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Archive for August, 2012

Maureen paints in what little spare time she can find.

Maureen Booth, Master Printmaker

Fine-Art Printmaking as Cottage Industry

Maureen converted a stone cottage in Spain into an international fine-art-printmaking business. It took her 34 years and an Internet connection.

Granada, Spain, September, 2012—When artist Maureen Booth moved with her husband and two children to an Andalusian village 40 years ago, fleeing from a suburban British all-mod-cons existence, they were seeking a simple, authentic lifestyle. They didn’t have a car, a television, a washing machine or a phone.

Today Maureen reigns over a multi-faceted fine-art-print operation which spans the world. “The changes weren’t really that complicated,” says Maureen, “keeping in mind that they took place over a long period of time. They were driven by a combination of curiosity and the creative restlessness the Spanish call “inquietud.” Beyond that it was just a logical evolution from painting to printmaking and, of course, an Internet connection.

Maureen’s “evolution” has taken her from a little painting studio in a converted goatshed to the international etching studio of the Rodriguez-Acosta Foundation in Granada where, at the end of the 70s, she was selected on the basis of her drawings to spend three years studying printmaking. When the foundation closed Maureen bought one of their etching presses and set up her own printmaking studio at the bottom of her garden.

There followed years of making prints, editing her own and other artists’ work and running printmaking workshops in her studio and other places around Europe. Today she creates highly-personal hand-pulled fine-art prints in limited editions on a variety of exquisite handmade papers. (All of Maureen’s work is original; she does no digital copies.) She has also had time to raise three children and exhibit her work worldwide. Three years ago she converted a onetime chicken house into a rustic apartment for artists who come to do workshops in her studio. Word spread and her Gallinero (Chicken Coop) residence was soon well booked by artists from more than a dozen countries who come to participate in Maureen’s workstyle and lifestyle. Her latest initiative, started last summer, is Printmaking Master Classes, a collection of printmaking tutorial videos for download.

“Ironically,” says Maureen, “it was Internet that made my recent projects possible. I say ‘ironically’ because in 1999 when my husband Mike offered to make me a website I replied, ‘What for? I’m an artist.’ How little I knew then! Today I’ve got a website and two blogs of my own, plus participating in a half dozen other sites. It was through Internet that I got my first international print commission, a print of the Torre del Oro in Seville for a California medical association that was holding a convention there. The commission was concluded in a single afternoon exchanging three or four emails. I’m still amazed.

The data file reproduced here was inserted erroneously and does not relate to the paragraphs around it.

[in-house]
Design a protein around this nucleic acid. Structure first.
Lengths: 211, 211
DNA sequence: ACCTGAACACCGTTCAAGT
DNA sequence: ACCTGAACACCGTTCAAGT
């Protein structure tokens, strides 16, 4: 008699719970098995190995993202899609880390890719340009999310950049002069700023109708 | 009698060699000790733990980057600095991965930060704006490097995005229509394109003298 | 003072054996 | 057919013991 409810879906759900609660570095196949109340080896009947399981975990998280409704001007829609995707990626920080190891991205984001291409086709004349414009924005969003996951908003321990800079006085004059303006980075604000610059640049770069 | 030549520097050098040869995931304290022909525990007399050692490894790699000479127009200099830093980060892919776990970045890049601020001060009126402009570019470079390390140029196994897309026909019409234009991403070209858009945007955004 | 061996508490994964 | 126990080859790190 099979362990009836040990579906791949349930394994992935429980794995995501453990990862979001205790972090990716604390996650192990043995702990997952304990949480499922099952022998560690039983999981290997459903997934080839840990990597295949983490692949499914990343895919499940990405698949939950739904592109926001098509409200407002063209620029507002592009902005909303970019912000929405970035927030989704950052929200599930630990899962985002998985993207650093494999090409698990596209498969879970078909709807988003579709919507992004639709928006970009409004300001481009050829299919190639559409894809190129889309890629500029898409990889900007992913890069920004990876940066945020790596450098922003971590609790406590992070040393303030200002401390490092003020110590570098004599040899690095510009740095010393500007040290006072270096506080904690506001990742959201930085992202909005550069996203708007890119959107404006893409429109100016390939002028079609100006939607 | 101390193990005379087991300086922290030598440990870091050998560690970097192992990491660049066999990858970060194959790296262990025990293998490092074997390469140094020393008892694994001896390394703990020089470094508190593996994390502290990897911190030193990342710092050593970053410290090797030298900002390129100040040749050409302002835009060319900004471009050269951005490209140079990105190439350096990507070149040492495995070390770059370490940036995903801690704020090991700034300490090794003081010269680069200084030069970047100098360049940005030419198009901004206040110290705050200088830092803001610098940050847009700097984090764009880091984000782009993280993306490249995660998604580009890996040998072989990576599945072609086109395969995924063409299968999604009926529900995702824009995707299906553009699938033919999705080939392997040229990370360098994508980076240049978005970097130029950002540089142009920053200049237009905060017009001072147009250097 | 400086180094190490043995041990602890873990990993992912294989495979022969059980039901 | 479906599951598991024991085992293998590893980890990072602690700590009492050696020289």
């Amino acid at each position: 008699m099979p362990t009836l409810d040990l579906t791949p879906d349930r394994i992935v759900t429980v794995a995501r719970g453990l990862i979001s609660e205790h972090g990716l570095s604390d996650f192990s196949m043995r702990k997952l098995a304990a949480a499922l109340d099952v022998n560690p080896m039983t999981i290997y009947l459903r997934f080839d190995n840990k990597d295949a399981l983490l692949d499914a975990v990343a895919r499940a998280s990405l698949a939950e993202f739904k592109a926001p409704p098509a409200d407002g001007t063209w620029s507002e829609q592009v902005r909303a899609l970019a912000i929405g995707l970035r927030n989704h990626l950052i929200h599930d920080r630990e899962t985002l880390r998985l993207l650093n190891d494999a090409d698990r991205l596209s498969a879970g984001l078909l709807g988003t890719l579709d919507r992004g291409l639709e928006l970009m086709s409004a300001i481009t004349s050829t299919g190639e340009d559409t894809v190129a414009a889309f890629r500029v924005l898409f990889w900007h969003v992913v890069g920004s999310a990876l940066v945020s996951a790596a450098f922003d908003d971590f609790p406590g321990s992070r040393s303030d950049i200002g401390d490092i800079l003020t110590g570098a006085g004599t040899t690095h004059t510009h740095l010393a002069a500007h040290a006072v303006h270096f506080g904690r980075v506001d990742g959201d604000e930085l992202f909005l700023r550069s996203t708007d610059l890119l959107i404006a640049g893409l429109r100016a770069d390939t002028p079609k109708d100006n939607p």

It was also through Internet that artists began to come from abroad for my workshops and collaborative work in printmaking. It is so rewarding for me to work with print artists from far-off places. They’ve made me realize that printmakers form a fellowship that knows nothing of national boundaries. It’s as if they were all from the same place with the same concerns and aspirations.

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Deborah Maris Lader in a mellow mood

Deborah Maris Lader of the Chicago Printmakers’ Collaborative

Last week’s mystery image was one that should have been easily identifiable by most any printmaker. In the end it was Deborah Maris Lader of the Chicago Printmakers Collaborative who correctly identified it as ink drying. The photograph below, which shows the ink tin, makes it easier to read. Congratulations Deb. Come and get your chilled summer wine. And if you arrive before September first we’ll include a chicken dinner.

Ink drying in a tin

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Zahra Buali in the studio with Maureen Booth

Zahra Buali is a painter and printmaker from Saudi Arabia. She came to my studio earlier this month for a printmaking workshop. I’m not sure what I was expecting but Zahra exceeded all possible expectations, both as a person and as an artist. Everything Zahra says or does is permeated by sincerity, earnestness and a vast capacity for delight. That, along with her academic preparation–a Canadian art degree–and years of work in her own studio in Saudi, made her an ideal collaborator in the studio, as you can see by the samples of her production in the photo album below.

Thanks for coming, Zahra, for being so appreciative of everything, for learning so enthusiastically and for making us that wonderful meal of Saudi Arabian kabsa. Don’t forget us and come back to see us whenever you can.

What we were listening to: http://youtu.be/2oX2FSv4Rys

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Have a guess: What’s this?

What's this a picture of?

Think you can identify it?

The prize: A chilled summer wine on Maureen’s terrace.

The answer: Next week.

What we’re listening to: http://youtu.be/IxuThNgl3YA

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